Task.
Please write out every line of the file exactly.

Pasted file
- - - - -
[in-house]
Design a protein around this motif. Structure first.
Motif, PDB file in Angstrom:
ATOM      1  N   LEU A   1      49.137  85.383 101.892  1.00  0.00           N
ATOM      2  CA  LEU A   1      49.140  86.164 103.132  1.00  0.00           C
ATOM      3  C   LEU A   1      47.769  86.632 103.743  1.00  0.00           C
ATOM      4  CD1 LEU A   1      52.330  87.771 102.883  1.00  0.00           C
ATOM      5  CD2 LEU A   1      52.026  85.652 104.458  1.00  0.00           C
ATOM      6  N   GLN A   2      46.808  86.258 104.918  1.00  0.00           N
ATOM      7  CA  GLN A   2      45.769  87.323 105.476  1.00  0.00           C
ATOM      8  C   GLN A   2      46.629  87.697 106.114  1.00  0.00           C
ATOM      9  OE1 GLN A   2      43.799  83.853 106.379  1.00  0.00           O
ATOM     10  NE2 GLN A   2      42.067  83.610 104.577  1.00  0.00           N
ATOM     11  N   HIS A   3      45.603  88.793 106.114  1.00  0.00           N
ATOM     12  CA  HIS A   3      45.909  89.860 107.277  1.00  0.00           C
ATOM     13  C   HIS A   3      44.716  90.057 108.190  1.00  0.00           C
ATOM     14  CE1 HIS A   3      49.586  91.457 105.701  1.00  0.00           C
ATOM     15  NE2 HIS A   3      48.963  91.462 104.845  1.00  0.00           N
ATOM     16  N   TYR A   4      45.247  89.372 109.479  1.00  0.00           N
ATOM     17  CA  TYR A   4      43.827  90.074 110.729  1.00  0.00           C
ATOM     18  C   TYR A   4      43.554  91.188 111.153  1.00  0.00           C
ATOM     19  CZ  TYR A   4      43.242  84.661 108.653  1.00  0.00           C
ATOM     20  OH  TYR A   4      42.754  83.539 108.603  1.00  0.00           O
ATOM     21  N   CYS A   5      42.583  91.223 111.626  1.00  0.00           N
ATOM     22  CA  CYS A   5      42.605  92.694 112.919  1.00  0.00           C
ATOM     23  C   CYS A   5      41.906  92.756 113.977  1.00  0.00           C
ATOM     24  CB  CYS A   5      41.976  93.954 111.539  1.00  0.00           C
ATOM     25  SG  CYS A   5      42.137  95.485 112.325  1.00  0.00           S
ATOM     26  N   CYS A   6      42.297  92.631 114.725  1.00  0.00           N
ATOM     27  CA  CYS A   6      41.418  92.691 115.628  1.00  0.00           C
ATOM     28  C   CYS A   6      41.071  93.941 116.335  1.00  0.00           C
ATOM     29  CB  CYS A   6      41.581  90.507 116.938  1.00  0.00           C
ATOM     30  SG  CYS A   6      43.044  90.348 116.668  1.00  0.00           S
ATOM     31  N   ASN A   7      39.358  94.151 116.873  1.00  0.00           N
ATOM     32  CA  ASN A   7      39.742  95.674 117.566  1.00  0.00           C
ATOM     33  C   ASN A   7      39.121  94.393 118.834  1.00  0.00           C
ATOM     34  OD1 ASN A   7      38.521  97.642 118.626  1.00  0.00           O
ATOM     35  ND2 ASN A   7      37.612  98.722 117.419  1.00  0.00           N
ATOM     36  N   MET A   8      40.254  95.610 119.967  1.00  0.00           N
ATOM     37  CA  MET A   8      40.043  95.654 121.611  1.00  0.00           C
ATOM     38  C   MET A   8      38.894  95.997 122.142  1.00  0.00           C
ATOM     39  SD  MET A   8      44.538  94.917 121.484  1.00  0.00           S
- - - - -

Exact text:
[in-house]
Design a protein around this motif. Structure first.
Motif, PDB file in Angstrom:
ATOM      1  N   LEU A   1      49.137  85.383 101.892  1.00  0.00           N
ATOM      2  CA  LEU A   1      49.140  86.164 103.132  1.00  0.00           C
ATOM      3  C   LEU A   1      47.769  86.632 103.743  1.00  0.00           C
ATOM      4  CD1 LEU A   1      52.330  87.771 102.883  1.00  0.00           C
ATOM      5  CD2 LEU A   1      52.026  85.652 104.458  1.00  0.00           C
ATOM      6  N   GLN A   2      46.808  86.258 104.918  1.00  0.00           N
ATOM      7  CA  GLN A   2      45.769  87.323 105.476  1.00  0.00           C
ATOM      8  C   GLN A   2      46.629  87.697 106.114  1.00  0.00           C
ATOM      9  OE1 GLN A   2      43.799  83.853 106.379  1.00  0.00           O
ATOM     10  NE2 GLN A   2      42.067  83.610 104.577  1.00  0.00           N
ATOM     11  N   HIS A   3      45.603  88.793 106.114  1.00  0.00           N
ATOM     12  CA  HIS A   3      45.909  89.860 107.277  1.00  0.00           C
ATOM     13  C   HIS A   3      44.716  90.057 108.190  1.00  0.00           C
ATOM     14  CE1 HIS A   3      49.586  91.457 105.701  1.00  0.00           C
ATOM     15  NE2 HIS A   3      48.963  91.462 104.845  1.00  0.00           N
ATOM     16  N   TYR A   4      45.247  89.372 109.479  1.00  0.00           N
ATOM     17  CA  TYR A   4      43.827  90.074 110.729  1.00  0.00           C
ATOM     18  C   TYR A   4      43.554  91.188 111.153  1.00  0.00           C
ATOM     19  CZ  TYR A   4      43.242  84.661 108.653  1.00  0.00           C
ATOM     20  OH  TYR A   4      42.754  83.539 108.603  1.00  0.00           O
ATOM     21  N   CYS A   5      42.583  91.223 111.626  1.00  0.00           N
ATOM     22  CA  CYS A   5      42.605  92.694 112.919  1.00  0.00           C
ATOM     23  C   CYS A   5      41.906  92.756 113.977  1.00  0.00           C
ATOM     24  CB  CYS A   5      41.976  93.954 111.539  1.00  0.00           C
ATOM     25  SG  CYS A   5      42.137  95.485 112.325  1.00  0.00           S
ATOM     26  N   CYS A   6      42.297  92.631 114.725  1.00  0.00           N
ATOM     27  CA  CYS A   6      41.418  92.691 115.628  1.00  0.00           C
ATOM     28  C   CYS A   6      41.071  93.941 116.335  1.00  0.00           C
ATOM     29  CB  CYS A   6      41.581  90.507 116.938  1.00  0.00           C
ATOM     30  SG  CYS A   6      43.044  90.348 116.668  1.00  0.00           S
ATOM     31  N   ASN A   7      39.358  94.151 116.873  1.00  0.00           N
ATOM     32  CA  ASN A   7      39.742  95.674 117.566  1.00  0.00           C
ATOM     33  C   ASN A   7      39.121  94.393 118.834  1.00  0.00           C
ATOM     34  OD1 ASN A   7      38.521  97.642 118.626  1.00  0.00           O
ATOM     35  ND2 ASN A   7      37.612  98.722 117.419  1.00  0.00           N
ATOM     36  N   MET A   8      40.254  95.610 119.967  1.00  0.00           N
ATOM     37  CA  MET A   8      40.043  95.654 121.611  1.00  0.00           C
ATOM     38  C   MET A   8      38.894  95.997 122.142  1.00  0.00           C
ATOM     39  SD  MET A   8      44.538  94.917 121.484  1.00  0.00           S